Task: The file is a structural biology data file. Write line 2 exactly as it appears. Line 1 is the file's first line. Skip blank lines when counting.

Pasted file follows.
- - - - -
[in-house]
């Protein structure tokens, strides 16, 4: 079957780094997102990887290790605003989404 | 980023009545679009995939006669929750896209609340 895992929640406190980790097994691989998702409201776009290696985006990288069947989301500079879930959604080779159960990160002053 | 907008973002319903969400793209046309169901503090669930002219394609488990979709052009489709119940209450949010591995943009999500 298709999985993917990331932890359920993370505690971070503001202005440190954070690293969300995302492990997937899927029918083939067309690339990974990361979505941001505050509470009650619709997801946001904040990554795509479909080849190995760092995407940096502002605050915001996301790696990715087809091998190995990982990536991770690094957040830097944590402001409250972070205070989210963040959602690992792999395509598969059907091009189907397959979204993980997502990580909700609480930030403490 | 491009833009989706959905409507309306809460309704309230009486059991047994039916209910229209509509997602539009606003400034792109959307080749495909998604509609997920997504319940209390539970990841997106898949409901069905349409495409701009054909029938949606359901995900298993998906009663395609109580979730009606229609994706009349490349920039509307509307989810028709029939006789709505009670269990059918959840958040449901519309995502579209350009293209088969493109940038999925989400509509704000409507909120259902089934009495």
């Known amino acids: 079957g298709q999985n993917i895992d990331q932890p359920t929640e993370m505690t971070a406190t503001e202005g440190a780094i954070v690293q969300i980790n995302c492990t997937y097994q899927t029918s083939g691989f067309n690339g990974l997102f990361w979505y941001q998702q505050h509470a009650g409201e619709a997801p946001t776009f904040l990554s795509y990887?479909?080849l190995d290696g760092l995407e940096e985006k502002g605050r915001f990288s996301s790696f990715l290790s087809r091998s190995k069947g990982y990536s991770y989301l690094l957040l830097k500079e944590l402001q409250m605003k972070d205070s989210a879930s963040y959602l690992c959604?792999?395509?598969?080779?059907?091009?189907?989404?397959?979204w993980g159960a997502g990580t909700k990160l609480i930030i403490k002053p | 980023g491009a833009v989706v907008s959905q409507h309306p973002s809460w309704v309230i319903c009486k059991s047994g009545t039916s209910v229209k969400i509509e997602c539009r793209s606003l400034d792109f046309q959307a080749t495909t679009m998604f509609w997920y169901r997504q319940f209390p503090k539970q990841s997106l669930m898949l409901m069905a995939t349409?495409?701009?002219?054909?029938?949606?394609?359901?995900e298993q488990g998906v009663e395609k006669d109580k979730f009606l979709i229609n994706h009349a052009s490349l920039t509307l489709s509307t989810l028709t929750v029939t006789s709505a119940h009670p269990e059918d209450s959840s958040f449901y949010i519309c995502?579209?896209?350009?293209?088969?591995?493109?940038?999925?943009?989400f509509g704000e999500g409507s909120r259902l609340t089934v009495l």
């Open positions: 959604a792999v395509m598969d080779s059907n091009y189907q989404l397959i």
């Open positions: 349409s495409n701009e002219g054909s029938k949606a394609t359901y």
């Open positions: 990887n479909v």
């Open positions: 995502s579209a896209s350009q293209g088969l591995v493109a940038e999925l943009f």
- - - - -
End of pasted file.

């Protein structure tokens, strides 16, 4: 079957780094997102990887290790605003989404 | 980023009545679009995939006669929750896209609340 895992929640406190980790097994691989998702409201776009290696985006990288069947989301500079879930959604080779159960990160002053 | 907008973002319903969400793209046309169901503090669930002219394609488990979709052009489709119940209450949010591995943009999500 298709999985993917990331932890359920993370505690971070503001202005440190954070690293969300995302492990997937899927029918083939067309690339990974990361979505941001505050509470009650619709997801946001904040990554795509479909080849190995760092995407940096502002605050915001996301790696990715087809091998190995990982990536991770690094957040830097944590402001409250972070205070989210963040959602690992792999395509598969059907091009189907397959979204993980997502990580909700609480930030403490 | 491009833009989706959905409507309306809460309704309230009486059991047994039916209910229209509509997602539009606003400034792109959307080749495909998604509609997920997504319940209390539970990841997106898949409901069905349409495409701009054909029938949606359901995900298993998906009663395609109580979730009606229609994706009349490349920039509307509307989810028709029939006789709505009670269990059918959840958040449901519309995502579209350009293209088969493109940038999925989400509509704000409507909120259902089934009495």